To speak of reMM is to speak of its founders, Roberto Eleuteri and Michela Mezzavilla, a creative duo that, through architecture and lighting, has shaped a vast universe of emotion and beauty. reMM’s field of action is as broad as is its ability to apply unique, intelligent and innovative solutions. One example is the studio’s latest work, the Lluria Xperience laboratory, a research project that explores the limits of spatial perception.
You are both of Italian origin. What led you to found and establish your reMM studio in Barcelona?
A few years ago, Barcelona was a very active and attractive architectural hub for young architects. We each arrived in this city on our own, following different but almost parallel routes, after many trips in which we sought to discover first-hand the work of the great masters of European architecture and, curiously enough, after both going through professional experiences in Austria. Barcelona seemed to us the perfect place to establish ourselves and found a studio, combining a stimulating cultural life and a blue sky that seemed unreal after the years spent in Nordic countries.
Is it indiscrete to ask how you met?
We met at an architectural firm in Barcelona in early 2000. But before architecture, our passion for travel and an emotional bond with the Mediterranean and all its cultural, chromatic and luminous nuances brought us together. We realized that we both observed reality through light: Roberto through his camera and Michela with her lighting designer gaze.
Although you are both architects, it is true that Michela has specialized in architectural and artistic lighting. How does this specialization translate into your projects and way of working?
Interesting synergies occur, making our joint architecture and lighting projects mutually enhance each other in a process of comings and goings between decisions on materials, shapes and lighting solutions. Being able to work side by side allows us to develop a joint perception of space, then polish it by defining materials and shapes, down to the last detail of the implementation project. This especially favours us in residential and commercial projects that require personalization, attention to detail, and a pinch of innovation to generate exciting and unique spaces.
Is light one of the materials that, thanks to digitization, has become more relevant in the field of architecture?
Digitizing light has opened many possibilities in architecture, from lighting stage control, to perfect integration with other systems or installations. There are lighting solutions capable of materializing the architecture itself or turning it into a support for information or experiences. Artificial light is no longer a static material but, thanks to digitization, one that provides solutions so that architecture is increasingly sustainable and more focused on people’s needs.
One of your latest common projects is the Lluria Xperience laboratory. What can you tell us about this interactive space?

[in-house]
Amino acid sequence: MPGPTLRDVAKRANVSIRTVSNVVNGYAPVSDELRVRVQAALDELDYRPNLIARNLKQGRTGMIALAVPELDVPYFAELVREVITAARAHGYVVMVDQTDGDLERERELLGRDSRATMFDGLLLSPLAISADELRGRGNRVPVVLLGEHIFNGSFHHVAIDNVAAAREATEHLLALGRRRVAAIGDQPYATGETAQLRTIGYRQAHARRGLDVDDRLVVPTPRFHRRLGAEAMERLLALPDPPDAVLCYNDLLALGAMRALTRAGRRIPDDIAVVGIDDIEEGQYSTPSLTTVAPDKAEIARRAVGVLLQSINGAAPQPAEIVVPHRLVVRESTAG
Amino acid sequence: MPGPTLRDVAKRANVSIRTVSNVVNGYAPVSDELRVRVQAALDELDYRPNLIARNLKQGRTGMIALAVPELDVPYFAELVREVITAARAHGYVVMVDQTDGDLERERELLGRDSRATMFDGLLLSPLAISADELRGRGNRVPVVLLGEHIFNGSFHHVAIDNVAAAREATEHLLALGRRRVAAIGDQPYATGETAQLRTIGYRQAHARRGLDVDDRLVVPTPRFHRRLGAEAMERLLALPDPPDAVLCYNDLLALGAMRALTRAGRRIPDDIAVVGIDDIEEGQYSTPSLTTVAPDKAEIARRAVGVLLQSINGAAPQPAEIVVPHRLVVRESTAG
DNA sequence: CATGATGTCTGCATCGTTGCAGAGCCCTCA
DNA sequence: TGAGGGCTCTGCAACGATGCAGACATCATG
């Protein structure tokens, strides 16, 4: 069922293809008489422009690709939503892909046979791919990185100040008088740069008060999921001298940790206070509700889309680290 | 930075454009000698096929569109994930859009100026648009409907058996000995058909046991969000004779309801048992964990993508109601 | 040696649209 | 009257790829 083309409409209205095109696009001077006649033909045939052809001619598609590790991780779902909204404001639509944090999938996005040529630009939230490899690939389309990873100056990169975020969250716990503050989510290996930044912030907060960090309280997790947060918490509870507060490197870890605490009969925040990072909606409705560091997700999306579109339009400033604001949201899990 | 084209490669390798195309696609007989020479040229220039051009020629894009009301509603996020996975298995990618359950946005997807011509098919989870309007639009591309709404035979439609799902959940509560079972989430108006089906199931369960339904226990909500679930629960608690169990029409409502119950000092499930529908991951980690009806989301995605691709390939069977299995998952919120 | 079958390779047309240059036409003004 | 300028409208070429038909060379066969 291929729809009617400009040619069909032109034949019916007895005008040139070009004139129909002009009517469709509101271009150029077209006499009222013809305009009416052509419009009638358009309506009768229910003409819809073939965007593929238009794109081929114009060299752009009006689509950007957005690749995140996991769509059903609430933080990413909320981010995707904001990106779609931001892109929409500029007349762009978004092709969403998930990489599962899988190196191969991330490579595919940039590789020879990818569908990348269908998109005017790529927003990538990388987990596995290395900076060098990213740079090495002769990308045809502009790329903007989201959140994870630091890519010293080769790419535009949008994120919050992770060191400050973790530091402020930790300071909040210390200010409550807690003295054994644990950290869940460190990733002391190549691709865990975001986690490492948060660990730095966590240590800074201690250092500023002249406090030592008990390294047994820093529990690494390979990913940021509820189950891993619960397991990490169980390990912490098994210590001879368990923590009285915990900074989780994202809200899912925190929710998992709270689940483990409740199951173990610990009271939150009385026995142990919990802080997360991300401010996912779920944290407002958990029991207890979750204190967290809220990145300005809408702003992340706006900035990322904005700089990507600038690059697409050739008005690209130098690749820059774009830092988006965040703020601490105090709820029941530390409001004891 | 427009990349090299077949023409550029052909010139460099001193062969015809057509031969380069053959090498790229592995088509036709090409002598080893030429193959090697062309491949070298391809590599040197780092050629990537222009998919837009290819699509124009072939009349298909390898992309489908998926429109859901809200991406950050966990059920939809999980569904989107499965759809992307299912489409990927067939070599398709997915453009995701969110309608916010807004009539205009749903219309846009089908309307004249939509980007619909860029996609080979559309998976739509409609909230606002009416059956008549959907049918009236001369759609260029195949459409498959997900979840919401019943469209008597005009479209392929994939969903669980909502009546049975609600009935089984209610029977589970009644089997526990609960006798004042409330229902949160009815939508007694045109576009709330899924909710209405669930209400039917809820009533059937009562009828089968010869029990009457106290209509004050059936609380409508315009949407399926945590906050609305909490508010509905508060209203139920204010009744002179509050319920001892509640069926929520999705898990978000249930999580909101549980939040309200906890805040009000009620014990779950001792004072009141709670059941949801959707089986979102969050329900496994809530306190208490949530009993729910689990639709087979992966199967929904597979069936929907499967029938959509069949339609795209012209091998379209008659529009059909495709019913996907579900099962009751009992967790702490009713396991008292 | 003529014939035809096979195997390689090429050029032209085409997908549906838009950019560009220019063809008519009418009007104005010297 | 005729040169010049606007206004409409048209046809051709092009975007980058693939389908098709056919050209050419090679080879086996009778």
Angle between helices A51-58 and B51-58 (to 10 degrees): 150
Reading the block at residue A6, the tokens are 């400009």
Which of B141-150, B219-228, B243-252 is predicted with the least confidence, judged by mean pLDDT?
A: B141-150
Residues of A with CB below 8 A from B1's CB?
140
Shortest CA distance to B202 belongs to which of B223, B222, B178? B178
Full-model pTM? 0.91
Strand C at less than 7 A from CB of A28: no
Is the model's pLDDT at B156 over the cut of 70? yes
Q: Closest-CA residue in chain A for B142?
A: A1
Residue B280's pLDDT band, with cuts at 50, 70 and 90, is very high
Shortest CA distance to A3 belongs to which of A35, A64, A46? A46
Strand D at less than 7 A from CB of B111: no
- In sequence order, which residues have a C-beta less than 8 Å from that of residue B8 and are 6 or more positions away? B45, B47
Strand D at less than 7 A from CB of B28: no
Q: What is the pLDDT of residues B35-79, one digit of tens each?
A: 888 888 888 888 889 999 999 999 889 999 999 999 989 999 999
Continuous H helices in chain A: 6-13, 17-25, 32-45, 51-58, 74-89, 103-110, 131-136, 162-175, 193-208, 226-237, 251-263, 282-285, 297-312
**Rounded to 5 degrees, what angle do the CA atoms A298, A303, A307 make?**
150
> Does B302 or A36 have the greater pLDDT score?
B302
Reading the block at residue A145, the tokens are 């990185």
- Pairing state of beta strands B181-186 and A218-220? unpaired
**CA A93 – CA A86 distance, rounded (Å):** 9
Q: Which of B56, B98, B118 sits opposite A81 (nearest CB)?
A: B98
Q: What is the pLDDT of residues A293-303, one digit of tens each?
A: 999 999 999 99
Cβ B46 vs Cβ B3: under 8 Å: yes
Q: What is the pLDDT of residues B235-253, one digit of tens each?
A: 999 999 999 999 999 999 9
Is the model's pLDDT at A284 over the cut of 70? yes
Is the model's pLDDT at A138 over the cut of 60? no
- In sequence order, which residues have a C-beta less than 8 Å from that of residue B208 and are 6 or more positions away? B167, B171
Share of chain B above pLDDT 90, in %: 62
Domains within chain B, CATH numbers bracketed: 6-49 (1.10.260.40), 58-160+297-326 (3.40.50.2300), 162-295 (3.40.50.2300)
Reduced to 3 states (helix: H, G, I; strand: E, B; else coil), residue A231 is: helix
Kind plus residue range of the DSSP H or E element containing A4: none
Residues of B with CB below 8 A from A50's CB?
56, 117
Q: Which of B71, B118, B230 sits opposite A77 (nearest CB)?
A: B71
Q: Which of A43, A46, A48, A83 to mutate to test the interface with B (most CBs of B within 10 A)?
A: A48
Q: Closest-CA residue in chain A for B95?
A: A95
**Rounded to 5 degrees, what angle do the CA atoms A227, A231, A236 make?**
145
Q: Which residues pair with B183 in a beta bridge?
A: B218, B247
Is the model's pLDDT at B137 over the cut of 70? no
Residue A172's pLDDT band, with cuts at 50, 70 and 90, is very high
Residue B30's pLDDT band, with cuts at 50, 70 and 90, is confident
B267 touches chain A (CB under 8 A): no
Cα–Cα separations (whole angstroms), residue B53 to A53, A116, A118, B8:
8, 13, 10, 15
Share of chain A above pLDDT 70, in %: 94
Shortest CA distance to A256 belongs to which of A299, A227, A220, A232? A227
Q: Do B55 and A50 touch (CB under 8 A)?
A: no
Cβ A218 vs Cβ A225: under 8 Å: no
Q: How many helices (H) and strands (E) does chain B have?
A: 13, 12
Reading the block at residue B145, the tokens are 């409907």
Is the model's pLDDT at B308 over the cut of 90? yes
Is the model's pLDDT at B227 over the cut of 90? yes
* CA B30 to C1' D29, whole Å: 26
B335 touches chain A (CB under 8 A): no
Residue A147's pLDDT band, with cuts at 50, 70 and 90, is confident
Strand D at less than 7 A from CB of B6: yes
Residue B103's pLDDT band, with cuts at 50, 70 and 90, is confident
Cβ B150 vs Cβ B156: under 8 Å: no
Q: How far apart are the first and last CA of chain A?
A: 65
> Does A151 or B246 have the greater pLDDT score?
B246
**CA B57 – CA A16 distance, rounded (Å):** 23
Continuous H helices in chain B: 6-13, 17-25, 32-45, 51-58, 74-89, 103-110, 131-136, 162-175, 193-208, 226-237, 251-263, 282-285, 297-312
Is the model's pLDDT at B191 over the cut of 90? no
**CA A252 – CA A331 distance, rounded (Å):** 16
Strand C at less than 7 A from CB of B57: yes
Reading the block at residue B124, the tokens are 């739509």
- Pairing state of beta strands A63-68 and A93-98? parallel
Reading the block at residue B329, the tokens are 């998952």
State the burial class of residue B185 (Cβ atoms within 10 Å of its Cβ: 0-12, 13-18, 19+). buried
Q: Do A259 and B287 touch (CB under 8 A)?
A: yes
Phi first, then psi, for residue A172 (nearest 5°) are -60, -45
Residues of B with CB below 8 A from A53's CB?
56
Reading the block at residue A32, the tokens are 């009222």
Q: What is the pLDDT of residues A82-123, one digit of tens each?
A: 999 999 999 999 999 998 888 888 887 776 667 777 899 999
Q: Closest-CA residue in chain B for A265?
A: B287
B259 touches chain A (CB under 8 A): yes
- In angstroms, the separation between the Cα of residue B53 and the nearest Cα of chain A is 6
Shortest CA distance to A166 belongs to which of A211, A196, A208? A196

It is a space designed so that architecture, materials, and light and sound generate a unique, immersive experience for the visitor. We worked on various sensory aspects, playing with people’s spatial perception of the environment. Visitors access a high-rise hall and perceives a sense of vertical expansion, which we plan to emphasize even more in the future. Then, they enter a compressed space, very dark, whose physical and lighting limits are uncertain. Then they reach the main room, where we seek to convey a sensation of lateral expansion and depth, thanks to the play of reflection and diffusion of the main surfaces. We have used materials with very specific light properties, for example, perfect diffusion, total absorption, specularity … which, together with dynamic lighting, means that people’s perception of the environment can change completely in infinite combinations, generating unexpected optical and spatial effects.
From what you’re saying, Lluria Xperience is an immersive and inspirational space. Who is it aimed at?
Our goal has been to enable professionals dedicated to architecture and interior design, even artists, to find inspiration enjoying the space in two ways. The first is experiential, immersive and sensory, involving the visitor at the perceptual level through the dynamism of colour and sound and the visual play of reflection in space. The second modality of fruition of the space implies a different, more attentive and rational gaze, since it illustrates technical and detailed lighting applications, which allow the visitor to discover specific suggestions or solutions for different types of projects.
Are you satisfied with the result?
This project posed a challenge: that the materials and geometries had to be completely defined by light, coming to visually disguise, under some lighting conditions, the limits between enclosures, floor and walls. Therefore, nothing is standard; everything was made to measure, even some finishes were especially made for the project. We are delighted with the result, and also with the attitude of Lluria, who was incredibly open at all times to our proposals, and of the construction company Gecom, who executed the work with great professionalism and attention to detail.